Christ said,?To enter the kingdom of heaven one must be innocent like a child? The aim is to be innocent, simple and free from inner dishonesty. Innocence means an awakened and broadened mind. It implies awareness, understanding and knowledge. You need to be very clever to be innocent as you need to maintain awareness. Innocence is a pure and untainted mind. To be innocent and simple follow the paths of meditation, introspection, observation and self analysis, this will lead to humility. Practice pratyahara for the mind, its influences and negativities and dharana for purifying the sentiments and heart space.

  • Mantra Sadhana 
    Thoughts are the waves of the mind, emotions are tsunamis.? Sound vibrations from mantras manage these waves and tsunamis. There are many ways we can incorporate mantras into our lives, such as through mantra meditation, bhajans and kirtan.It also moves all the fifteen pranas. Awakened pranas lead to bliss and oneness. Faith is based on the power within, not something abstract. Mantras do not have to be linked with any religion, however they symbolise our connection with the higher source of energy.

  • Sanyam 
    Tightening the senses like you tighten a guitar? Sanyam is self control. It is the cultivation of positive virtues. It starts with the control of the senses and then on to speech. Mouna sadhana, or silence is recommended. It allows you to measure the activity in the mind and to observe those feelings. It leads to clearer and increased focus and power in words. Outer silence gives us inner silence.

  • Atmabhava
    Purity can only come when we become egoless? Here we want to develop the idea of identification with other people, to be able to see the divinity in all, to become free from ego, away from the focus of ?I? to a more selfless approach. Don?t let the ego interfere with your connection. The ego causes duality, to be without ego causes unity. Real compassion needs wisdom. Atmabhava begins with the development of compassion. Atmabhava involves connecting at the heart level and projecting oneself out to the world. The simplest form of Atmabhava is our connection with people close to us.

  • Santosh
    It is contentment within and not finding fault in others, situations, or the environment. We are discontent whenever we find a fault. Get over this by freeing the mind from searching for falsities and criticising, accept the realities and move on.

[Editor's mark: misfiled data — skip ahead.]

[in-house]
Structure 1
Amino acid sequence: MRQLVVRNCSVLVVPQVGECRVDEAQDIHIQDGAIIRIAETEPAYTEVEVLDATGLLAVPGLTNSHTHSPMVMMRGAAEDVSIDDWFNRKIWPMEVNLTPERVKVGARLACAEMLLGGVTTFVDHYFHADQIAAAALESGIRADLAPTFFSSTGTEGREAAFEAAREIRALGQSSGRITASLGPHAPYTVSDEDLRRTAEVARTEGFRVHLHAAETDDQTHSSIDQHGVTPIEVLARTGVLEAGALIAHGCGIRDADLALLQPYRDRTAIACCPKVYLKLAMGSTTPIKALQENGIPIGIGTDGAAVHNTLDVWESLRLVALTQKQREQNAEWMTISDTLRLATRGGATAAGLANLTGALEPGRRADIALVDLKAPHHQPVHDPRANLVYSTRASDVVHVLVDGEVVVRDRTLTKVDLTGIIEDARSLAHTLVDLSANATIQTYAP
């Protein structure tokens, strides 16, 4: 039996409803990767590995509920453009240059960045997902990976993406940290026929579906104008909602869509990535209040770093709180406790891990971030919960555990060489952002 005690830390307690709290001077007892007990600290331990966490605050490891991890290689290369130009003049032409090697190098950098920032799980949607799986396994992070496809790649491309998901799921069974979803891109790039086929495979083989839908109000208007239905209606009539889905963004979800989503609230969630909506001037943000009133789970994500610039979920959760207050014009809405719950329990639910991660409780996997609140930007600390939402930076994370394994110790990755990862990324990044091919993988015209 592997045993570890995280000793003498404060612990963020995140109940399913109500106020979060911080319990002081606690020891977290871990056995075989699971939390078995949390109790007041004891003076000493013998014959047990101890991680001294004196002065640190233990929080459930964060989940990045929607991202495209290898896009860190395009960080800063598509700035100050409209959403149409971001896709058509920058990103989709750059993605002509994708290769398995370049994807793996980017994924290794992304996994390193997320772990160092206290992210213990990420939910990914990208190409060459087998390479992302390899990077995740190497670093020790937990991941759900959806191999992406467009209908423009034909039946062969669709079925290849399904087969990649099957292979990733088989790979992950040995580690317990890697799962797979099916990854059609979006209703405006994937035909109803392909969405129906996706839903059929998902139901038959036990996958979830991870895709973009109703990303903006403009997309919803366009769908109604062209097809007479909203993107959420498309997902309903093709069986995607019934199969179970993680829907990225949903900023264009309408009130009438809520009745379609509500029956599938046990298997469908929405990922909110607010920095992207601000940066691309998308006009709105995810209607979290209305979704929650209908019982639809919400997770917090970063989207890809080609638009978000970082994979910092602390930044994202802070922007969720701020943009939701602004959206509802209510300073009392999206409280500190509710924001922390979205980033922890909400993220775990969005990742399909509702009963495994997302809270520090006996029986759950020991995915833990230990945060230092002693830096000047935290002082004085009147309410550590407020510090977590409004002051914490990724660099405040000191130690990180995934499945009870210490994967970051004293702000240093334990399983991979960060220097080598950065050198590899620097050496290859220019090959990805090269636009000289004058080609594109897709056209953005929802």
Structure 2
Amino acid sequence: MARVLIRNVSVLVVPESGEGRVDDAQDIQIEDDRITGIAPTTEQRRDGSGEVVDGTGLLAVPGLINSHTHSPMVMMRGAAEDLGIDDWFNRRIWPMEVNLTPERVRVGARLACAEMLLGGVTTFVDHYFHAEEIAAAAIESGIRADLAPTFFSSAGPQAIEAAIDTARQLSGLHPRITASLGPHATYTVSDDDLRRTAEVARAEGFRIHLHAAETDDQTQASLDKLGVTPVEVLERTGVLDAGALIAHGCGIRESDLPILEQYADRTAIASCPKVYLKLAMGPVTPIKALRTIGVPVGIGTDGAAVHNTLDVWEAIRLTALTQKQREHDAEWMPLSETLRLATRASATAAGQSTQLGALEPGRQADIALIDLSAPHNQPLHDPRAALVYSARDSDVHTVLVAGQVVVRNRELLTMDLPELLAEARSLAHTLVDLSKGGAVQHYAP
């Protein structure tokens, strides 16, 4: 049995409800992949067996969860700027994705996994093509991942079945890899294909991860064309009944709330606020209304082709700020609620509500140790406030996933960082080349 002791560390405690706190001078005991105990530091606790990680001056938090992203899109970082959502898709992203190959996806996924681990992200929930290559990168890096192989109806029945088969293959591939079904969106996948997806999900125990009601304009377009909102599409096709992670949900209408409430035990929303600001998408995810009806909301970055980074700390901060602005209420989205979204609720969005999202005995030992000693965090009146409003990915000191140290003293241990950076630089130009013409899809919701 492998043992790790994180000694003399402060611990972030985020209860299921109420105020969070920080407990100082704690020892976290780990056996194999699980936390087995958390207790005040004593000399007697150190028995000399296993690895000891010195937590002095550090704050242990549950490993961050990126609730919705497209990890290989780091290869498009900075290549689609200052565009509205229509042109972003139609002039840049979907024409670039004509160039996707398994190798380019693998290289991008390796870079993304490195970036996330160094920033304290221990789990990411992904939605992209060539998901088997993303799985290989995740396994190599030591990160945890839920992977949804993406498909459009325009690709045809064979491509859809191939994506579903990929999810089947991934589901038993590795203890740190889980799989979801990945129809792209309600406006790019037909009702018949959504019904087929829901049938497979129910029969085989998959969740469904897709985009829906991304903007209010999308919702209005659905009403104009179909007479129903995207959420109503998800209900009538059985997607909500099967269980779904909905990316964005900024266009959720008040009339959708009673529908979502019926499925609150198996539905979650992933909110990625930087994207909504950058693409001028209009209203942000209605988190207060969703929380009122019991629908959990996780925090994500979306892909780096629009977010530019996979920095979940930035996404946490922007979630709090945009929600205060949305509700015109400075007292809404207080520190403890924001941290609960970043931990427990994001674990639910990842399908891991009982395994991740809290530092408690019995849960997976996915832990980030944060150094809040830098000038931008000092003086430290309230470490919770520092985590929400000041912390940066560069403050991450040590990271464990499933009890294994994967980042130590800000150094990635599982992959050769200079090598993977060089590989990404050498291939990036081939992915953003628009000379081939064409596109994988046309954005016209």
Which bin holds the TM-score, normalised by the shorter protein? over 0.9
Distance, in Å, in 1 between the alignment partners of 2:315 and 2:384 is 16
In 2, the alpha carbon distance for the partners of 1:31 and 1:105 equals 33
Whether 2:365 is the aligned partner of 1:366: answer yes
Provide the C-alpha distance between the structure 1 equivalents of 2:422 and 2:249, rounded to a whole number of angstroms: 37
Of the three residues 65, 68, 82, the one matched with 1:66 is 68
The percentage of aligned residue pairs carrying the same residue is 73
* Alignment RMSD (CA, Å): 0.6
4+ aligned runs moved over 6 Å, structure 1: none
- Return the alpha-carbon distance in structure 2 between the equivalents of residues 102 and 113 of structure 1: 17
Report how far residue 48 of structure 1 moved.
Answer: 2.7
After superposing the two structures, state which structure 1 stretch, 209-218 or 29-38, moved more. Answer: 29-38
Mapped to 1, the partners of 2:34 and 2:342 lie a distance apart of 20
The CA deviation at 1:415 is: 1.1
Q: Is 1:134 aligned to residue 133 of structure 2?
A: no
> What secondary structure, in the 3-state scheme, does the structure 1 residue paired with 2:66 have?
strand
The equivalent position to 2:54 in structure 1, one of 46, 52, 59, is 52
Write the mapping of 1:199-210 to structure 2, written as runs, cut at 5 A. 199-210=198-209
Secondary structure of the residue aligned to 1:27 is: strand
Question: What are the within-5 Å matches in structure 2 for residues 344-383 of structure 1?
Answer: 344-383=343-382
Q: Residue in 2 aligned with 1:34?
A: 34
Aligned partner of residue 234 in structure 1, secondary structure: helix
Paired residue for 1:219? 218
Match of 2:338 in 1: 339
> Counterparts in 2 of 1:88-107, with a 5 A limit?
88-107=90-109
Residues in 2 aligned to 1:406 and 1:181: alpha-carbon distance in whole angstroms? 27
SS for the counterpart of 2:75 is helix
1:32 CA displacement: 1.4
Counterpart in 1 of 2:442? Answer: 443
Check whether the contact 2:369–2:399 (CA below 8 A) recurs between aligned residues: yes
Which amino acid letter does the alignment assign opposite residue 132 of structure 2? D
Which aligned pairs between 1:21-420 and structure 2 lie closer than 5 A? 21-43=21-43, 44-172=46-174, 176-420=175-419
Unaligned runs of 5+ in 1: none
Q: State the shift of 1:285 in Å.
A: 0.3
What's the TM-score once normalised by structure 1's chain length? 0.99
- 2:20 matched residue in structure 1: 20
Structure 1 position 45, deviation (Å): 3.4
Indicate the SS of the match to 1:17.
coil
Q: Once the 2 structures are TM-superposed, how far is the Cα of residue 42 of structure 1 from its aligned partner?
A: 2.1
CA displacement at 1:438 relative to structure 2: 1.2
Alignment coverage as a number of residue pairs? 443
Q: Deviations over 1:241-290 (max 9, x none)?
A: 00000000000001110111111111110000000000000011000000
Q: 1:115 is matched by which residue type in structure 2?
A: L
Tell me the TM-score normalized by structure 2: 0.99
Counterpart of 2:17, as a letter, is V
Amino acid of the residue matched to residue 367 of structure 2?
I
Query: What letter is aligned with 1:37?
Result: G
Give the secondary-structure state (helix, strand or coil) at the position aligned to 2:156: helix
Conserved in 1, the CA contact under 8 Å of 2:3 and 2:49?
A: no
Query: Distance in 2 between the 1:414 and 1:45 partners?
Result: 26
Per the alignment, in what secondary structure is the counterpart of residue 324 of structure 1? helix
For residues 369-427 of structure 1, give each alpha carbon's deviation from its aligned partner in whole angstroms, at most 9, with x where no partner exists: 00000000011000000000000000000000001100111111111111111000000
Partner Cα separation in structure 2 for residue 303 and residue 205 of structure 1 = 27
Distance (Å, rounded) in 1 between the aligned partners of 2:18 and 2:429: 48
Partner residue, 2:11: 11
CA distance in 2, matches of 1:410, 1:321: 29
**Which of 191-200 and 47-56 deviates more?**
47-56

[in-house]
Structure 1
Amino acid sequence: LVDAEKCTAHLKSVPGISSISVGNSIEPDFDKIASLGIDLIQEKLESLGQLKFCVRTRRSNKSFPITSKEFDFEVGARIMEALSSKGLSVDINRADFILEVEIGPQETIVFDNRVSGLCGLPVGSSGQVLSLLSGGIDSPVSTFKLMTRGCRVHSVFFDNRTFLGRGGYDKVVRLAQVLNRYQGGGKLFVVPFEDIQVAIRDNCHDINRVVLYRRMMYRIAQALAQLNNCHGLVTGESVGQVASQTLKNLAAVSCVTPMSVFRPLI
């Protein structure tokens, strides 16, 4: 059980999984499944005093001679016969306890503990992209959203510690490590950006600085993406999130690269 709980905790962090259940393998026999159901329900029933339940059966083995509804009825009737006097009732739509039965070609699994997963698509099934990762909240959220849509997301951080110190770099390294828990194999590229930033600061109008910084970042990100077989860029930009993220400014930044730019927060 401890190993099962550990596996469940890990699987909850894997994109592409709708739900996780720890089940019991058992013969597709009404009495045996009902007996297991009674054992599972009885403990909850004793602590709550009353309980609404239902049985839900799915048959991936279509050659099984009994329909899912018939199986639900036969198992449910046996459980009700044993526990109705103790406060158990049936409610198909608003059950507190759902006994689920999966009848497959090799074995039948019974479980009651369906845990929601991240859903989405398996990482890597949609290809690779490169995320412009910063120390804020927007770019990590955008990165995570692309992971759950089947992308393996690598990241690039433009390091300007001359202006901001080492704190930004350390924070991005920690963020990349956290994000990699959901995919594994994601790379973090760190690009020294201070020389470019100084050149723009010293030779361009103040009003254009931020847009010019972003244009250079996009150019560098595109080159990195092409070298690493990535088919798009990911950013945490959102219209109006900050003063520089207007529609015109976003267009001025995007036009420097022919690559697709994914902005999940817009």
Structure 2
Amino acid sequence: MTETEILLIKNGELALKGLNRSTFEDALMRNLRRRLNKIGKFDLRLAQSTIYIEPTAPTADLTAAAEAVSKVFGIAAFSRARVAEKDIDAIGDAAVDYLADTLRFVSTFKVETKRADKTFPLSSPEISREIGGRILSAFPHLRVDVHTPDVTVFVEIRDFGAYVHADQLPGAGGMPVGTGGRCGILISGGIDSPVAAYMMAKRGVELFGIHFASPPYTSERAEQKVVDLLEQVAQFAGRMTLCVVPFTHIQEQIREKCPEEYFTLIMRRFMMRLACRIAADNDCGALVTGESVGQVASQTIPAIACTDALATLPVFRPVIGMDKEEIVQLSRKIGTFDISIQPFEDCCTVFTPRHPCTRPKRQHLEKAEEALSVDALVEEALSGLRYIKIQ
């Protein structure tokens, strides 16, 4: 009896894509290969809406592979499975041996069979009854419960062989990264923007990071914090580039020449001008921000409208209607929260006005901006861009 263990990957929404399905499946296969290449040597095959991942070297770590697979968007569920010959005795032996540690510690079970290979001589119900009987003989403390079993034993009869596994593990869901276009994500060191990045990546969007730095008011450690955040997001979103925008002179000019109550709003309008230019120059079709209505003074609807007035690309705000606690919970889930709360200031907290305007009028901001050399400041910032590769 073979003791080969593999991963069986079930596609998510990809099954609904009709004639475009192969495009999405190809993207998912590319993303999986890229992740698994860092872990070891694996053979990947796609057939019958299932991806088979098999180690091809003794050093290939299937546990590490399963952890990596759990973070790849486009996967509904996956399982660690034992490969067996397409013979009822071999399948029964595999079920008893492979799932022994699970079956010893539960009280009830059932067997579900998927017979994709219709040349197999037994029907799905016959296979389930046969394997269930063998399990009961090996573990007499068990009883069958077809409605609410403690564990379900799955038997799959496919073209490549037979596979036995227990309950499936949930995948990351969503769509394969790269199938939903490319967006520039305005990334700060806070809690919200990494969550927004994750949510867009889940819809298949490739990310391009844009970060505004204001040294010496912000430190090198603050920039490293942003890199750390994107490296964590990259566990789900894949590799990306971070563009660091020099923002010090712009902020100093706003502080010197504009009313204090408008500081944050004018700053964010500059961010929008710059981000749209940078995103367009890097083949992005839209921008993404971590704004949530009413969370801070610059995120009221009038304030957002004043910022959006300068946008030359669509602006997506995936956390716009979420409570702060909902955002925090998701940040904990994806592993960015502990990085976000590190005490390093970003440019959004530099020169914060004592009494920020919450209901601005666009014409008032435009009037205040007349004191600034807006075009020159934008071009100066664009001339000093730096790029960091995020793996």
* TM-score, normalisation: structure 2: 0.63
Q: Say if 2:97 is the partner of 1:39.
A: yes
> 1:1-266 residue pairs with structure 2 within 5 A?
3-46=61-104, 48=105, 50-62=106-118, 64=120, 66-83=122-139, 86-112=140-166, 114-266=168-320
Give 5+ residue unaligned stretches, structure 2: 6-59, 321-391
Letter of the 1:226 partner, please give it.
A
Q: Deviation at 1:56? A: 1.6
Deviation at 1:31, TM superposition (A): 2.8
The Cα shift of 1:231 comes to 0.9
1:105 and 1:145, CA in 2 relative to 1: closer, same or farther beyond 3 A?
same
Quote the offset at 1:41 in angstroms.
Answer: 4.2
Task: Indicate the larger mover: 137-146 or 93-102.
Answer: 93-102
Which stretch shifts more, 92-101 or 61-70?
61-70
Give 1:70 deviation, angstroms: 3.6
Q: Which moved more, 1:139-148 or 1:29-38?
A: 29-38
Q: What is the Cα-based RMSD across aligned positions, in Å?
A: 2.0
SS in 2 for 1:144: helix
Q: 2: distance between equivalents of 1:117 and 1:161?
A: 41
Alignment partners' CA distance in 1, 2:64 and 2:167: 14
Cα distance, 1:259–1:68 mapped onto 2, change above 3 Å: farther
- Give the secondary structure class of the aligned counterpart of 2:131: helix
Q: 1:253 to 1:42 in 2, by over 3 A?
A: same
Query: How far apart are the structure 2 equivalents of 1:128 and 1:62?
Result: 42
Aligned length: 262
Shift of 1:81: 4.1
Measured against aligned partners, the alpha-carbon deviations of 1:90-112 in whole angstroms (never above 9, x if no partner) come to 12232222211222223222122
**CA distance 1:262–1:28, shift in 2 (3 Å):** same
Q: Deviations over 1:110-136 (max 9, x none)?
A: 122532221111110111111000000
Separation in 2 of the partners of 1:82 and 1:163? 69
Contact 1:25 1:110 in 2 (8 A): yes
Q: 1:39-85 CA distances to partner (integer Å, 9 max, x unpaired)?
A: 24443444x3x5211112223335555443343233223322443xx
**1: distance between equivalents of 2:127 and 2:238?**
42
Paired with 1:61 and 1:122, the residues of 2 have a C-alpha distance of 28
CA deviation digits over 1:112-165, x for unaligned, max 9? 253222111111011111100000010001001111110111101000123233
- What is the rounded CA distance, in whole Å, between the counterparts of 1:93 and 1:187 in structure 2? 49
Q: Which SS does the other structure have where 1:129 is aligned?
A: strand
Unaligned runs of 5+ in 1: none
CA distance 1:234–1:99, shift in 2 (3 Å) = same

• Samadhan / Solution 
    There are two ways to live life. One is to struggle and fight it, representing the ego. The second is to surrender and flow with it. This attitude represents innocence. ?I am being guided? It doesn?t mean that you should not put effort into you life, you can?t just leave everything to the world and not get on with life, but it means that you should not fight what comes up in life and realise that all things are there for a purpose. Recognise that you have to live in this world and recognise what your role is in this life, world and society.

To develop bhakti there are three practices that are recommended.

  • Mantra. Begin with the three morning mantras. 11 rounds of the Mahamrityunjaya mantra with the sankalpa for healing the body, mind, personality and total self. 11 rounds of the Gayatri mantra with the sankalpa for the acquisition of wisdom. 3 rounds of Durga Namavali with the sankalpa for the acquisition of happiness and removal of distress from life. By practicing these mantras it is like planting the seeds of sattwa in the gross mind or ground that is subject to tamas. You will begin to feel the energy within you becoming more balanced and a sense of wellbeing, positive attitude and happiness. If you are alone you can chant kirtan of your personal mantra, if you have one, or any other mantra that feels right for you.

  • Peaceful place. Have a place in the house, a corner of strength, power and peace that will create the right ambience in the house and shows reverence and respect for the higher power. You may have objects from nature, deities or anything you like. Honour it with a flame such as a candle, incense and water

  • Havan. Once a week, if possible, have a havan. It is the simplest form of nature connection and symbolises the awakening of consciousness. The fire tattwa will energise the mantra and make it many times more powerful. Personal sadhana or practice should be a bhakti sadhana combined with all other aspects of yoga. There should be a balance. Know the right mixture for you. Only a pinch of bhakti is needed to harmonise our lives. Keep this in mind ? in the Bhagavad Gita somebody asked Krishna, ?Who does God like?? God replied, ?I like the one?who is free from malice, friendly and compassionate to all, beyond I, mine and yours, free from self centred behaviour, can balance joy and sorrow, forgiving and without burdens, not distracted or craving desires and ever contented and eternally united with me.

By Bhakti Ratna (Kate Woodworth)